I do believe, there is nothing more wonderful at Christmas than hurrying home to the family, into a kitchen hopefully bestrewed with fairy lights and glittery decorations galore and being offered a freshly baked and still warm mince pie. A blob of brandy butter if I’m not the designated driver for me, please!

Each year, magazines do roundups of which shop is selling the best mince pie but honestly, once you crack your own, you will never be able to have the boxed versions without feeling disappointed. I’ve tried many a version over the years, looking for my idea of the perfect pie and now I think – enough tinkering! It’s time to share my Mince Pies with Cream Cheese Pastry.


Rather than being a bit cynical about people trying to reinvent the wheel, I think of the 1.5 million hits you get from Googling “mince pie recipe” as a sign of enthusiasm for this traditional festive treat and rejoice in there being a perfect recipe out there for us all. My idea of perfection starts with the ratio of filling to pastry – I like the mincemeat to be a flavouring for the pastry, rather than the pastry being a carry case for a ton of spiced and boozy fruits.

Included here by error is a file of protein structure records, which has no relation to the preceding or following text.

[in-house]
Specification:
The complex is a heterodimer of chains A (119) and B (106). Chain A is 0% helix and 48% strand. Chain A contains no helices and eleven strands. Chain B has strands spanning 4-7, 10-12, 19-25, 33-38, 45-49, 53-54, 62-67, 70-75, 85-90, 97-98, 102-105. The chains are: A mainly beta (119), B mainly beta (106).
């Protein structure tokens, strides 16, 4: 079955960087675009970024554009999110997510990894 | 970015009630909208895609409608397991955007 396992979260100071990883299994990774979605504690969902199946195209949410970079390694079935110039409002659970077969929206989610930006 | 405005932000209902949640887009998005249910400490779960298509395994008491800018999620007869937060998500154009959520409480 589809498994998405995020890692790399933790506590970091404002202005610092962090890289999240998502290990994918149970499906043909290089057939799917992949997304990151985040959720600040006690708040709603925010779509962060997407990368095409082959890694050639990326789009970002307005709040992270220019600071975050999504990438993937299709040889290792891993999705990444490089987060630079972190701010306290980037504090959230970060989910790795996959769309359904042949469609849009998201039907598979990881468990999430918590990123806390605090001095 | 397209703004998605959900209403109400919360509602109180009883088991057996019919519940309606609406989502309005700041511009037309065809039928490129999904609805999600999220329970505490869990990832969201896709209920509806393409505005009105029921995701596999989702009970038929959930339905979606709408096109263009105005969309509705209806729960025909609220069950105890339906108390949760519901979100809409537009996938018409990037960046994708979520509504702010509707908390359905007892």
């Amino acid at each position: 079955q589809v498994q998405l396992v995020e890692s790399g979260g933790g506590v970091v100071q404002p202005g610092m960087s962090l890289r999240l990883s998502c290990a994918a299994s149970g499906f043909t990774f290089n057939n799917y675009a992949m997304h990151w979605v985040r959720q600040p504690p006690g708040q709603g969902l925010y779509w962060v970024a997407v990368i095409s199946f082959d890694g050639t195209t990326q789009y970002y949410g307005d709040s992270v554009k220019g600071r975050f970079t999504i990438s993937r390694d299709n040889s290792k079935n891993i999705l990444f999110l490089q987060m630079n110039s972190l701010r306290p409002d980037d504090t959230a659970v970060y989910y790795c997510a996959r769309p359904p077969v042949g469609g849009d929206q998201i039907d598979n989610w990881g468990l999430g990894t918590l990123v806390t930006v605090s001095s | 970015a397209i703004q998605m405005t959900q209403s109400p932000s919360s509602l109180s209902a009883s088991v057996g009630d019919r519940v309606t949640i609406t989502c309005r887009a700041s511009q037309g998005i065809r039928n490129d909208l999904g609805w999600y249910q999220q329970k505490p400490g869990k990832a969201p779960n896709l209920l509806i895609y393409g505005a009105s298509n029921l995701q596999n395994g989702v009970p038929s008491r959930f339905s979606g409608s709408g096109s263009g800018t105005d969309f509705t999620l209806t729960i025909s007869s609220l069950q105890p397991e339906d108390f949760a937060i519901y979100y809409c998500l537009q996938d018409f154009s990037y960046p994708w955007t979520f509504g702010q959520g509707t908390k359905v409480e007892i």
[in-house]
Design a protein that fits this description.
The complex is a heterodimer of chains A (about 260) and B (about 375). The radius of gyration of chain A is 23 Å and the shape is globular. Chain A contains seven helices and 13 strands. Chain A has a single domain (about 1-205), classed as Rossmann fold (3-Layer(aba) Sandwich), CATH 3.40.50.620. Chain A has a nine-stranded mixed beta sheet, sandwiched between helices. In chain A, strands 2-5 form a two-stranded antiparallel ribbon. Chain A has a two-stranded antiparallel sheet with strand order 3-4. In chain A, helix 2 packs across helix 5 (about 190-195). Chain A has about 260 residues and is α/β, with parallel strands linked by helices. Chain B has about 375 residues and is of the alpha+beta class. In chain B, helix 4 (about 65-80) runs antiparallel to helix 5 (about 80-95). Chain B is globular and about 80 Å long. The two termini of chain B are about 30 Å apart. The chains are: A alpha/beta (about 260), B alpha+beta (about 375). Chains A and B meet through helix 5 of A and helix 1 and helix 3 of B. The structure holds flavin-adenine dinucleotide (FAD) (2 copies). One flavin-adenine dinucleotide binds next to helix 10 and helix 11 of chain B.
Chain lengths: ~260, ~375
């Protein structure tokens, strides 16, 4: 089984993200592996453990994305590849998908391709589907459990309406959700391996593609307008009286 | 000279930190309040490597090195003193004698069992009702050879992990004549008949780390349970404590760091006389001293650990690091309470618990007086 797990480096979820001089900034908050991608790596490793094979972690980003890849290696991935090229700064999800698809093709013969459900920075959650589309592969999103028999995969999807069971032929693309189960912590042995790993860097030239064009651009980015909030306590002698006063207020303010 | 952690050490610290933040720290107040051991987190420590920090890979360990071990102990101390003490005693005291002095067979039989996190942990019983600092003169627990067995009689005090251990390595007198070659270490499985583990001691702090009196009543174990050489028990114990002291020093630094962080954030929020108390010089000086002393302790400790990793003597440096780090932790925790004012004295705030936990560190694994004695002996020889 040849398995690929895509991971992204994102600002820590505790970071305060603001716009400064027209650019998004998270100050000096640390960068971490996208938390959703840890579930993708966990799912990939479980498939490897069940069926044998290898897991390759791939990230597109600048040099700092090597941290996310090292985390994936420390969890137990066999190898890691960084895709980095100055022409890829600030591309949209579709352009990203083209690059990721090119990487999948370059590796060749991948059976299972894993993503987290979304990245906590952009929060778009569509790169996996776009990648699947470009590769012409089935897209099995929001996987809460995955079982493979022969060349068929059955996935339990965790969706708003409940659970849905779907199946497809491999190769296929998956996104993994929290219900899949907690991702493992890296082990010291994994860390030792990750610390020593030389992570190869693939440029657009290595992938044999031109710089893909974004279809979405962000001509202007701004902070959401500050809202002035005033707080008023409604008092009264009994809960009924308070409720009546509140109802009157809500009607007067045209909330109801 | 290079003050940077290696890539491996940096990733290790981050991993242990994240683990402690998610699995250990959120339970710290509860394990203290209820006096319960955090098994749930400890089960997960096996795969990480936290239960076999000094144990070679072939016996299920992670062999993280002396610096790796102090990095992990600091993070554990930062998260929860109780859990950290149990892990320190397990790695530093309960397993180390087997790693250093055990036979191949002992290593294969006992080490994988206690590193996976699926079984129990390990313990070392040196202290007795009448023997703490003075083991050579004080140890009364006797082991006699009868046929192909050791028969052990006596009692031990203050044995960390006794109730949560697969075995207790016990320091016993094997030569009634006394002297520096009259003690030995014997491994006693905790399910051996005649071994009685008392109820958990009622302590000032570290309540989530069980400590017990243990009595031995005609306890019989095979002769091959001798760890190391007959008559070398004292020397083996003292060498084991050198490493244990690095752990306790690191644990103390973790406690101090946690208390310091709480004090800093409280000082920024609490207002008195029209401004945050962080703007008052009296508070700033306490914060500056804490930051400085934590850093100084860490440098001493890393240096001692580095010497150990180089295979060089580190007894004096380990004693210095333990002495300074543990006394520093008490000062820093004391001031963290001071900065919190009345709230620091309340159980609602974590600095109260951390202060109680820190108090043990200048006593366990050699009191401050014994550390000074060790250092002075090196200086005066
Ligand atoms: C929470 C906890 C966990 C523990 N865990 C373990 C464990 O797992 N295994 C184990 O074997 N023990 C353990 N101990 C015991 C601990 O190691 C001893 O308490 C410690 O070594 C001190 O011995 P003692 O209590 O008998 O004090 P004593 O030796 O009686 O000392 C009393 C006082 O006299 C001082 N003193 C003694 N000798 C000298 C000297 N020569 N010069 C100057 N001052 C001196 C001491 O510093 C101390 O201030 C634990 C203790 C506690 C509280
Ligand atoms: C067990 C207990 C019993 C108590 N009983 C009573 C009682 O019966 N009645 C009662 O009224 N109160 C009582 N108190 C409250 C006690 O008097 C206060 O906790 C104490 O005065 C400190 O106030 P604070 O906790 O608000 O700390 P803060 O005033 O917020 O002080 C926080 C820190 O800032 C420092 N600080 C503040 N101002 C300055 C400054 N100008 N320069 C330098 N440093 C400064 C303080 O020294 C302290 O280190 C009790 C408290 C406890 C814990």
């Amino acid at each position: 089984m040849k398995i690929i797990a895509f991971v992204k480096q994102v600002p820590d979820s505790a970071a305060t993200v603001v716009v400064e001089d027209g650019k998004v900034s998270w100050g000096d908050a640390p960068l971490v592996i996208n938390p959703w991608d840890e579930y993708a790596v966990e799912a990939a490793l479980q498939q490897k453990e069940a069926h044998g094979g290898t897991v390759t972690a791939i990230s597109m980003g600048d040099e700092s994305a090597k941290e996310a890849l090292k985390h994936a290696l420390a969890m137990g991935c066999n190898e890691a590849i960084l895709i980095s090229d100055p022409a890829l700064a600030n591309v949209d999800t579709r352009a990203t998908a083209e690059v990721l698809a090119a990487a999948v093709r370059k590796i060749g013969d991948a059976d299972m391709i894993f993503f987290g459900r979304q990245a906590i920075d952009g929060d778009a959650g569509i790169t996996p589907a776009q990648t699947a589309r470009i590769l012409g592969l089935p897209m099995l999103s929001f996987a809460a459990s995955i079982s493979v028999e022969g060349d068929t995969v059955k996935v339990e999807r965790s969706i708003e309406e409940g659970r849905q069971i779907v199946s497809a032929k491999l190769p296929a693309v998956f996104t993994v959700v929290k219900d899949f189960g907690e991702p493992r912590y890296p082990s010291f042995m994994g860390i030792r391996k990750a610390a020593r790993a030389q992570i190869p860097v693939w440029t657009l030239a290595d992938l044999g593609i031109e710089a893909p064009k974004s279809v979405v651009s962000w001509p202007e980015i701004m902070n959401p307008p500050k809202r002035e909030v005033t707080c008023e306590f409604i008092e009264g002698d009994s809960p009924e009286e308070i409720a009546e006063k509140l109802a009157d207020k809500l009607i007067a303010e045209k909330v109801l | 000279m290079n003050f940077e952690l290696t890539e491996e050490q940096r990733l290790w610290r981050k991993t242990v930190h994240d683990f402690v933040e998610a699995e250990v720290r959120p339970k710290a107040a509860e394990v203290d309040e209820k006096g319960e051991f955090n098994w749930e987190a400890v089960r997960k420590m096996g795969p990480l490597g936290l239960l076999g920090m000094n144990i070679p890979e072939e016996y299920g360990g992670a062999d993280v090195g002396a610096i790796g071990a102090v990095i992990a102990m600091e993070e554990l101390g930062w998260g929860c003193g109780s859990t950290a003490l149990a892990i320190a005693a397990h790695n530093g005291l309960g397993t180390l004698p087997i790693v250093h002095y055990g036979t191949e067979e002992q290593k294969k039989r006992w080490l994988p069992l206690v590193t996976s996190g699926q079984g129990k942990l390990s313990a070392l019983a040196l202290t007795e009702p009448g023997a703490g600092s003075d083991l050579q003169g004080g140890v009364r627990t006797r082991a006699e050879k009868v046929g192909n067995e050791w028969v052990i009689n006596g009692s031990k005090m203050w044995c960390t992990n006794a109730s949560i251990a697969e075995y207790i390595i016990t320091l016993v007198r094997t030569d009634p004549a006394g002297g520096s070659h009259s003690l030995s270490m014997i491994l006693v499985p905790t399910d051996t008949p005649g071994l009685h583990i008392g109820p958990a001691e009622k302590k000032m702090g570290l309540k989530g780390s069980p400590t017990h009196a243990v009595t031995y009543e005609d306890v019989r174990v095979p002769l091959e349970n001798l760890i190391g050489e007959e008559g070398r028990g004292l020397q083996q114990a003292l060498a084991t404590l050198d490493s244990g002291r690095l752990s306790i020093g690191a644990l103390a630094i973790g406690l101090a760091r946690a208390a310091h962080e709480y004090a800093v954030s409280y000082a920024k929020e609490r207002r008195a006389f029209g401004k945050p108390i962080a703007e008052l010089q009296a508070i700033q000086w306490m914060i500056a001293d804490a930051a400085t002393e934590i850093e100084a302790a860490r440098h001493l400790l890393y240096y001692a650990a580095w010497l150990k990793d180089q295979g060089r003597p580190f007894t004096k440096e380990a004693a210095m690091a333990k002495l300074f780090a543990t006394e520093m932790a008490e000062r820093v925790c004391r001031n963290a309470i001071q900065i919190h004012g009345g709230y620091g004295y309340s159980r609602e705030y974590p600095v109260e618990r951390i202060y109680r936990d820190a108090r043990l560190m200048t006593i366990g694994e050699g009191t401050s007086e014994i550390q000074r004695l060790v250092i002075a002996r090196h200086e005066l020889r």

This year, I treated myself to some round bottomed mince pie tins which are super cheap (so definitely buy two!), give the cute and delicate rounded shape to my pies plus are small enough to fit two trays into a domestic oven side by side so you can make all 24 in one go.

The pastry I use is something which is much more popular over in America from the food blogs and cookbooks I’ve read but really, we Brits need to start making much more of it! It’s a sweet shortcrust pastry with some full-fat cream cheese worked right in.

If you have struggled with getting your shortcrust tender and flaky enough, then this is pastry for you. Yes, it’s rich but it’s Christmas! Eat your pie, enjoy yourself! Honestly, I’ve turned so many “mince pie haters” with my pies and I think the pastry is what clinches the deal. Just make sure you do not over-bake it – these pies are meant to be pale – an overcooked mince pie is so disappointing. No less because it makes them harder to reheat if they aren’t all eaten soon after baking.